At West Penn Hospital (WPH), a part of Allegheny Health Network, nurses are leading innovative quality care initiatives to push the hospital’s pressure ulcer rate even farther below the national average.
The Pennsylvania Hospital Engagement Network (PA-HEN) goal is reducing hospital-acquired pressure ulcers by 20%. “WPH’s rates are already below the national average, so further reduction is a special challenge,” notes Jacqueline Collavo, MA, BSN, RN, NE-BC, Director of Nursing Operations and the Magnet Recognition Program® at WPH.
“But as the region’s first facility designated a Magnet® hospital for nursing excellence by the American Nurses Credentialing Center, we’ve embraced the opportunity to continue to meet challenges and remain focused on quality as we journey toward our third Magnet® designation.”
To lead the challenge, Collavo brought Enterostomal Therapist Julia Warner, BSN, RN, CWON, on board in October 2012. Warner quickly partnered with nursing and other disciplines to develop evidence-based best-practice programs for pressure ulcer reduction, patient safety and quality care.
“Camp Zero” education for nursing assistants
Warner’s “Camp Zero” program (after the PA-HEN’s “Chasing Zero”) increases nursing assistants’ awareness of pressure ulcer prevention, educates them about ulcers and prevention, and engages and empowers them as integral members of the prevention team.
All WPH NAs completed Camp Zero training (average post-test scores: 90.0%) in 2013 and raved about the experience. The program has garnered wide recognition – Warner presented a webinar to 125 nurses from 24 organizations across Pennsylvania on March 20 and will make her first national presentation in June.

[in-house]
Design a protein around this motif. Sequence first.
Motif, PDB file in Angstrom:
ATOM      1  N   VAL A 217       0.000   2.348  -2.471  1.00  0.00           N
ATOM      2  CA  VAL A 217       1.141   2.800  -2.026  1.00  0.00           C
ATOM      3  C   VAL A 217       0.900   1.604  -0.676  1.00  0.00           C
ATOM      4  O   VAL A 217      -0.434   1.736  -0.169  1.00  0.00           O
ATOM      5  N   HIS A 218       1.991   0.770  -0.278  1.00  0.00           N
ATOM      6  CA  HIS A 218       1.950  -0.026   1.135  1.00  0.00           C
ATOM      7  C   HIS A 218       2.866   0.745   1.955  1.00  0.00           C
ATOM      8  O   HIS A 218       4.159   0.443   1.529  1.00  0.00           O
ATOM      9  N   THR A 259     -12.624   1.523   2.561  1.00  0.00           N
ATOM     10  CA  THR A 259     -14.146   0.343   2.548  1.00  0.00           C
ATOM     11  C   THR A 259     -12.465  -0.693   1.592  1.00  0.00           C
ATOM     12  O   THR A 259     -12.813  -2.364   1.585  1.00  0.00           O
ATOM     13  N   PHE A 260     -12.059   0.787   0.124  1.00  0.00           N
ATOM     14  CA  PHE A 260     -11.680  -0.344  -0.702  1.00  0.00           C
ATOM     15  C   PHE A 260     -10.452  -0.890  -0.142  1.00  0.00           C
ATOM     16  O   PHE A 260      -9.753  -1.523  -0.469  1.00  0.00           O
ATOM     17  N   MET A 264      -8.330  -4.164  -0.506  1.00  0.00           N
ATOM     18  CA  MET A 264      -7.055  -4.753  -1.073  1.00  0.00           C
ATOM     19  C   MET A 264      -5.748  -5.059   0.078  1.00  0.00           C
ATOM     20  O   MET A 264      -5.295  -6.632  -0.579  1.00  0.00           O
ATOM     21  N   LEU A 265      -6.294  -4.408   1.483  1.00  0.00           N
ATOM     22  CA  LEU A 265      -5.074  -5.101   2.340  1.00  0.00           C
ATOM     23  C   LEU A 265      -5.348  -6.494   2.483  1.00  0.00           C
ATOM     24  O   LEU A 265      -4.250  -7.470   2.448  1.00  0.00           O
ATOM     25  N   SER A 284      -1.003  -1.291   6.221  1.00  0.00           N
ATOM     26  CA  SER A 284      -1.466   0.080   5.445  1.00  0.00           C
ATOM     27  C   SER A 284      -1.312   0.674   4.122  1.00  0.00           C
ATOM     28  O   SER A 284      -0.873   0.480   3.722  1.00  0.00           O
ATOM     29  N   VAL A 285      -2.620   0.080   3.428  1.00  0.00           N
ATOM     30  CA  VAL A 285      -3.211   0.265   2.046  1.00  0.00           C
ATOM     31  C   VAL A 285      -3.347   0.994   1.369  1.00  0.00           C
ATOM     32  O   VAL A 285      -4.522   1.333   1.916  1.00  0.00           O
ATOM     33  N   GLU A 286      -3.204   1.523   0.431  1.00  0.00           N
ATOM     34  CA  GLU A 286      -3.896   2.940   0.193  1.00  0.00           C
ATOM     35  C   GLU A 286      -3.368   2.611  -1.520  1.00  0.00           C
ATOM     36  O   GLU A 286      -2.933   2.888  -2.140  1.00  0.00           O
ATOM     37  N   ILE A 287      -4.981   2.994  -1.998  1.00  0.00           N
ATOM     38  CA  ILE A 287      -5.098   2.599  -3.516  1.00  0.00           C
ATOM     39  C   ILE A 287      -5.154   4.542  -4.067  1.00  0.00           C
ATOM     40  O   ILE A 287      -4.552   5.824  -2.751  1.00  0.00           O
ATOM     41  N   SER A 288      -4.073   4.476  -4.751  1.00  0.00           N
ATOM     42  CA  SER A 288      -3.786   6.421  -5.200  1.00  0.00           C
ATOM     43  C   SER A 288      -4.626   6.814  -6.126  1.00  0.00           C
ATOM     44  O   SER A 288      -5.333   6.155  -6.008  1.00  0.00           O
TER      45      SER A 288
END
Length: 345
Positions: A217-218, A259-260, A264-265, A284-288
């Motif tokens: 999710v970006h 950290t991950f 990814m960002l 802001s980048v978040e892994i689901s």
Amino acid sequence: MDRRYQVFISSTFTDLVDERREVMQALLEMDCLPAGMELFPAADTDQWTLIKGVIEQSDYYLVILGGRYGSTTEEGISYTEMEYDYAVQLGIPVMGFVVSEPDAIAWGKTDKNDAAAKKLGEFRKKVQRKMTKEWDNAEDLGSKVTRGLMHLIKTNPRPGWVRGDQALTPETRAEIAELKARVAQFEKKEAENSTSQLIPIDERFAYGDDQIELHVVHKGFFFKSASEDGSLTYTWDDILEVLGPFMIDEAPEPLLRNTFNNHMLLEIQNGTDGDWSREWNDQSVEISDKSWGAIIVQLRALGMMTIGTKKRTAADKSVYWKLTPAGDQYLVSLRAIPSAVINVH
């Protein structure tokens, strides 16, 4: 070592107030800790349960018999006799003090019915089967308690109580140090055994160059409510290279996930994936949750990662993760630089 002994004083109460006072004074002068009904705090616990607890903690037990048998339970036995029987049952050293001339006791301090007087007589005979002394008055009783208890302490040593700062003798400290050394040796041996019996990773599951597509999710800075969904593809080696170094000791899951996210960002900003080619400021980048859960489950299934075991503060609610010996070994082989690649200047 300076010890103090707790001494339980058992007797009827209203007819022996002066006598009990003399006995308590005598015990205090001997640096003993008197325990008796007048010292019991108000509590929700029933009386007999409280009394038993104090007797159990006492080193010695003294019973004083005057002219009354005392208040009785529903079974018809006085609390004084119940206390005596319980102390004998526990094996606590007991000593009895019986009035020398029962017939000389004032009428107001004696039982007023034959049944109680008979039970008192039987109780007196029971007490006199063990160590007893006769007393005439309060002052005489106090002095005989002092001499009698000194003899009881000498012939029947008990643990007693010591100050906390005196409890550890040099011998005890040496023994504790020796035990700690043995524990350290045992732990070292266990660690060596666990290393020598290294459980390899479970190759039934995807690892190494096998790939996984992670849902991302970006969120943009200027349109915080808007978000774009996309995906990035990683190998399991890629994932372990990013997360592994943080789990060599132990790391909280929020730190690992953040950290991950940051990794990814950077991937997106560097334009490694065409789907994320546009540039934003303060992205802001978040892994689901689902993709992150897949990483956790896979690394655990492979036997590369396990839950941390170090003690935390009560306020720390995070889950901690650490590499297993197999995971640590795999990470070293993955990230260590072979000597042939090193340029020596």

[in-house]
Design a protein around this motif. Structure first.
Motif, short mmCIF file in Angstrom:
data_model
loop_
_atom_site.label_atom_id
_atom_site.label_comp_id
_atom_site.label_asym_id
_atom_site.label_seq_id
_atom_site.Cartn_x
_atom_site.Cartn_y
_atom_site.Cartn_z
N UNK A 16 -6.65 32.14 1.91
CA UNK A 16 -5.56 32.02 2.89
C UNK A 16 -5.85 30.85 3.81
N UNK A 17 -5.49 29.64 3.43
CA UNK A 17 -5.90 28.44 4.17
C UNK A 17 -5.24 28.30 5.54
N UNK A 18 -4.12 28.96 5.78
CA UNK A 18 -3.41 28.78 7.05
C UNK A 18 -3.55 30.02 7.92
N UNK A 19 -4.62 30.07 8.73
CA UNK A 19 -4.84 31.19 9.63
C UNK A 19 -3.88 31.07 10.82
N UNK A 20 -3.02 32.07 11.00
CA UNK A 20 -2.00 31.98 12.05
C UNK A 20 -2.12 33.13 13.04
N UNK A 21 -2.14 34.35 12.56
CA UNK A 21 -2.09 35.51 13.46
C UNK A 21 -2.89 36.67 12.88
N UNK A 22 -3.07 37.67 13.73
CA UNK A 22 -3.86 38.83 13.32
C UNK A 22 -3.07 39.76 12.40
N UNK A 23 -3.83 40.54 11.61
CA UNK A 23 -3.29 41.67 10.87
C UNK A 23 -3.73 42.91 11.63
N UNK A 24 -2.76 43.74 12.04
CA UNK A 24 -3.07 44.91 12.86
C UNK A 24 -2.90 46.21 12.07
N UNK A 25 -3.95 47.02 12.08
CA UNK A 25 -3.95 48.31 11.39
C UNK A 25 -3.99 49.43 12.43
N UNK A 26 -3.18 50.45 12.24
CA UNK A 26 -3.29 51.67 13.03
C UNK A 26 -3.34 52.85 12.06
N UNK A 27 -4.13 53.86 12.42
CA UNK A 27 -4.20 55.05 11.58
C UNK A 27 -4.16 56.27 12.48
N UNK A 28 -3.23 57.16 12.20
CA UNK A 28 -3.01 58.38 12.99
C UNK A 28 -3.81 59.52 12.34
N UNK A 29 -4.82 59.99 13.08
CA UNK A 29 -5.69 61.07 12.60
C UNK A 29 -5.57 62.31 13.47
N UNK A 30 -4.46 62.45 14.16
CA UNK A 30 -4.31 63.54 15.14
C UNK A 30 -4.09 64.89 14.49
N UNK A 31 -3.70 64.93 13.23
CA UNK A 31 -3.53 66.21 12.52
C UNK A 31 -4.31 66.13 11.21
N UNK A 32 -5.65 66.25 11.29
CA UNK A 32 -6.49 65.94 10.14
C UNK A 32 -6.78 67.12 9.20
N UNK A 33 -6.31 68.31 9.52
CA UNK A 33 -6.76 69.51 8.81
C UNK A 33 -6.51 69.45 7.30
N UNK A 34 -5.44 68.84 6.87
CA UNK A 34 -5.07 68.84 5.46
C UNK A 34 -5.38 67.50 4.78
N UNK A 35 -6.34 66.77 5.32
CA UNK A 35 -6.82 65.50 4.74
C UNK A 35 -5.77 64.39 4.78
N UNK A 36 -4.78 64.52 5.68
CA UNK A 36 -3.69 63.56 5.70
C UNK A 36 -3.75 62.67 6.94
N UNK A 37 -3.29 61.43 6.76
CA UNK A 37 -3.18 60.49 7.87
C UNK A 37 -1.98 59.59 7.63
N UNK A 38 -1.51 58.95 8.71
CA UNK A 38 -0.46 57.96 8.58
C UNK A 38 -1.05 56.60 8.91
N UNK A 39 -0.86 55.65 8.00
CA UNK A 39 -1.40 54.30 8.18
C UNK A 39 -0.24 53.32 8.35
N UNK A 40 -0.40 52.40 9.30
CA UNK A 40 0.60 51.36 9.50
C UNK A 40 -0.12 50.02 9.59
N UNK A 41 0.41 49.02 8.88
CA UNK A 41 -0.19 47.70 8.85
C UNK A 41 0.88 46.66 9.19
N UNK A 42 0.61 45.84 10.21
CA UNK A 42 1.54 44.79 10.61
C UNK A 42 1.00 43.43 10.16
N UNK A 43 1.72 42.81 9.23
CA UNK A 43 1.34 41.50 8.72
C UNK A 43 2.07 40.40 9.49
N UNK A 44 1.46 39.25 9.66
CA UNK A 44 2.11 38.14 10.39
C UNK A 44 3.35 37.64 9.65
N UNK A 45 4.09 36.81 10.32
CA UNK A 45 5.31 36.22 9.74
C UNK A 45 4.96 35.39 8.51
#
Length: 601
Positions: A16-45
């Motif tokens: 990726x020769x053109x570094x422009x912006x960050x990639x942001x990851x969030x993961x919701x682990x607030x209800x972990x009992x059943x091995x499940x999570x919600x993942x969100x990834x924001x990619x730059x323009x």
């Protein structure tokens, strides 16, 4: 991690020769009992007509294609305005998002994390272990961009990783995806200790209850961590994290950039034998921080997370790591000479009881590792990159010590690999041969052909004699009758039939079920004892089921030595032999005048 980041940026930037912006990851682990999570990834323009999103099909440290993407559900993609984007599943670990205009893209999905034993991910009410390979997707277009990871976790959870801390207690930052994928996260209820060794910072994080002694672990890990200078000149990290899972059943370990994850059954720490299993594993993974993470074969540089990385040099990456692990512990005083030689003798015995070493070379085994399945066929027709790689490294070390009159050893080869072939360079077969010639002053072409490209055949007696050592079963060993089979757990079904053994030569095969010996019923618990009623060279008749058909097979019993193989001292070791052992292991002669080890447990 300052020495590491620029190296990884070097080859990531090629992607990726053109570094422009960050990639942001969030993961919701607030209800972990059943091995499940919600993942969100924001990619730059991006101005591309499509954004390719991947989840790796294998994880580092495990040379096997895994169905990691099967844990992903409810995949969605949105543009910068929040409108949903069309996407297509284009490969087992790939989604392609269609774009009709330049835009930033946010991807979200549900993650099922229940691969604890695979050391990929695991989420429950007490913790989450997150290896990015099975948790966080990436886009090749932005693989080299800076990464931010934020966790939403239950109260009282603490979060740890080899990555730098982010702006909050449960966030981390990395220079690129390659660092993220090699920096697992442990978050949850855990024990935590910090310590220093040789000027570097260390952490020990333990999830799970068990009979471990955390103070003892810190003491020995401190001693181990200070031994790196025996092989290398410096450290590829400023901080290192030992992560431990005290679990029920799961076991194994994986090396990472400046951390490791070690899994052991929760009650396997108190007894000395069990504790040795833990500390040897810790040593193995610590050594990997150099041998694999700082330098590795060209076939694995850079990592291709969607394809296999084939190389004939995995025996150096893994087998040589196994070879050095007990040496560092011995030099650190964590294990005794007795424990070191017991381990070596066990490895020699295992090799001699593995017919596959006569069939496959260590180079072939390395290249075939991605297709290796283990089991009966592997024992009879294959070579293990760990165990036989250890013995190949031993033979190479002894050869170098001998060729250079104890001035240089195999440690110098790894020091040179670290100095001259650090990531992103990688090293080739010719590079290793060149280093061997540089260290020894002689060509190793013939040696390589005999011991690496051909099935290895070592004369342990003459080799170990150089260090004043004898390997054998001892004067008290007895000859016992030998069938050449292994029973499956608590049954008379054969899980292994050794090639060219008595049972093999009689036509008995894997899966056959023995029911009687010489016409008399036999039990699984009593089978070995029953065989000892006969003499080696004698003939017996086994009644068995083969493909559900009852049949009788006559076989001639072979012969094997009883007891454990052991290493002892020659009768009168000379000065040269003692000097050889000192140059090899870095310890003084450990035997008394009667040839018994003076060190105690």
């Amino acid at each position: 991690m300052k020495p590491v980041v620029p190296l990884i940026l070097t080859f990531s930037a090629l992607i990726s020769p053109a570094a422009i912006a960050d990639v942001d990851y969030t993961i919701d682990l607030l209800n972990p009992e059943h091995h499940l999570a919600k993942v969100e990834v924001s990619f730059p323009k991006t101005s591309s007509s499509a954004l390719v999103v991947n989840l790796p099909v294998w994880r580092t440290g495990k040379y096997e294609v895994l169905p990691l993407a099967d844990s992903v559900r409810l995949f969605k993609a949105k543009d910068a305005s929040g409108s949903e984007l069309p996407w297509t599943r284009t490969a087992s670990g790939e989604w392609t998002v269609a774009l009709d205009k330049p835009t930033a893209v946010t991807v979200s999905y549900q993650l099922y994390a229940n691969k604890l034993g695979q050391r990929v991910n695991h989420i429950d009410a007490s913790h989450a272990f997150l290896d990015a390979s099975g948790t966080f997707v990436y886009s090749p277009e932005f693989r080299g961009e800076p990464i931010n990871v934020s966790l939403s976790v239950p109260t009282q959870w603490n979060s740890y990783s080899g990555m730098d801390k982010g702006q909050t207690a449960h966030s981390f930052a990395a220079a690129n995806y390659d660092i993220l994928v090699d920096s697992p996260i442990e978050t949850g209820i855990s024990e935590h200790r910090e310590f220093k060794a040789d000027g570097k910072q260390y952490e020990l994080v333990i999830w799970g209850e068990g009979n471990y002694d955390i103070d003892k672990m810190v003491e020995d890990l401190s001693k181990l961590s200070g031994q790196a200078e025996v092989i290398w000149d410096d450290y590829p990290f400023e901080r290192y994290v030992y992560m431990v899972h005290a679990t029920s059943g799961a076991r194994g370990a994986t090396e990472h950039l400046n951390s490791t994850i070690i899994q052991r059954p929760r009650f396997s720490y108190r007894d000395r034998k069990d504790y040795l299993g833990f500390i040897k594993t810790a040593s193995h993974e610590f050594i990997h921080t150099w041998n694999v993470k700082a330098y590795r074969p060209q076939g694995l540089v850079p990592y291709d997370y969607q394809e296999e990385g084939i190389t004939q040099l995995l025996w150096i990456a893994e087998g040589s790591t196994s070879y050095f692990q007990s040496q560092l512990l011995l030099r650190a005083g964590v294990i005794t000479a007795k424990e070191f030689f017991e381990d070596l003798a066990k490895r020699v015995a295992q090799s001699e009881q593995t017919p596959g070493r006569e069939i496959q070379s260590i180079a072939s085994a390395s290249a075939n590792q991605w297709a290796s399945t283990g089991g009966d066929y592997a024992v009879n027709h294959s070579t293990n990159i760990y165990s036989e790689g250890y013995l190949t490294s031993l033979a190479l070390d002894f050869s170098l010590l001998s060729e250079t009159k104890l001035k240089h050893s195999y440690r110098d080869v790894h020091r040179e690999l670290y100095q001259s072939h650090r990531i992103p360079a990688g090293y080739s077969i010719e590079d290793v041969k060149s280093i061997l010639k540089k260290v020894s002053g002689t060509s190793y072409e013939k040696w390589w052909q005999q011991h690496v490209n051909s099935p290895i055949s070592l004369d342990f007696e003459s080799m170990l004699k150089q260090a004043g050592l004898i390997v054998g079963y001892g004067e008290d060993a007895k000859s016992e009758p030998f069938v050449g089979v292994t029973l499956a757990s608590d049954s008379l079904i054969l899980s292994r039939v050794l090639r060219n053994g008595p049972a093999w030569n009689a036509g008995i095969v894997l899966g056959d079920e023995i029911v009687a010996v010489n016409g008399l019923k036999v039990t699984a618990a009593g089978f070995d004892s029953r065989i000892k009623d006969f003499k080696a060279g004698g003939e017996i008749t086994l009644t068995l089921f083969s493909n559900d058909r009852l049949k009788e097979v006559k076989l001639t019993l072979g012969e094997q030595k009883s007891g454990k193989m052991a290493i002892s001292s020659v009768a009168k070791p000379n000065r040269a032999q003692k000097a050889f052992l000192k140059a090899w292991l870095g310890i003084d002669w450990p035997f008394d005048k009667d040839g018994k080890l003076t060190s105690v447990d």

“Turning Up the Heat” in the burn unit
A first-quarter 2013 up-tick in pressure ulcer incidence on WPH’s Burn Unit led Warner and the unit’s nurses to “turn up the heat” on ulcer prevention.
Unit Coordinator Kathleen Elliott, RN, conducted a retrospective chart review and in collaboration with burn surgeons, Warner and unit nurses identified patient risk factors and assessed healthcare providers’ current knowledge and use of prevention and treatment practices and products.
Armed with these findings, the nurses developed evidence-based best-practice skin care guidelines and gained access to advanced skin/wound care products. Tom Culley, BSN, RN, MBA, educated all members of the interdisciplinary team. The quick interventions brought the next quarter’s pressure ulcer count back to the unit’s typical “zero”.
“What Would ‘Flo’ Do?” in the stepdown unit
WPH’s E7 Progressive Care Unit Manager Maria Buchko, MSN, RN, and Clinical Nurse II Kimberly McLaughlin, RN, advocated for the purchase of a pump-equipped air mattress – an innovative “pressure redistribution support surface” – for each of the newly opened unit’s beds.
Due to acute health conditions and decreased mobility, this unit’s patients are at particular risk for pressure ulcers. With the special mattresses, bedside nurses can intervene immediately if they identify a skin issue simply by attaching the pump and pushing a button to start air flowing in the pressure redistribution system. Using the pumps, nurses have kept their unit’s pressure ulcer rate at zero – validating Buchko and McLaughlin’s prediction that the higher cost of the mattresses will be offset by superior quality outcomes.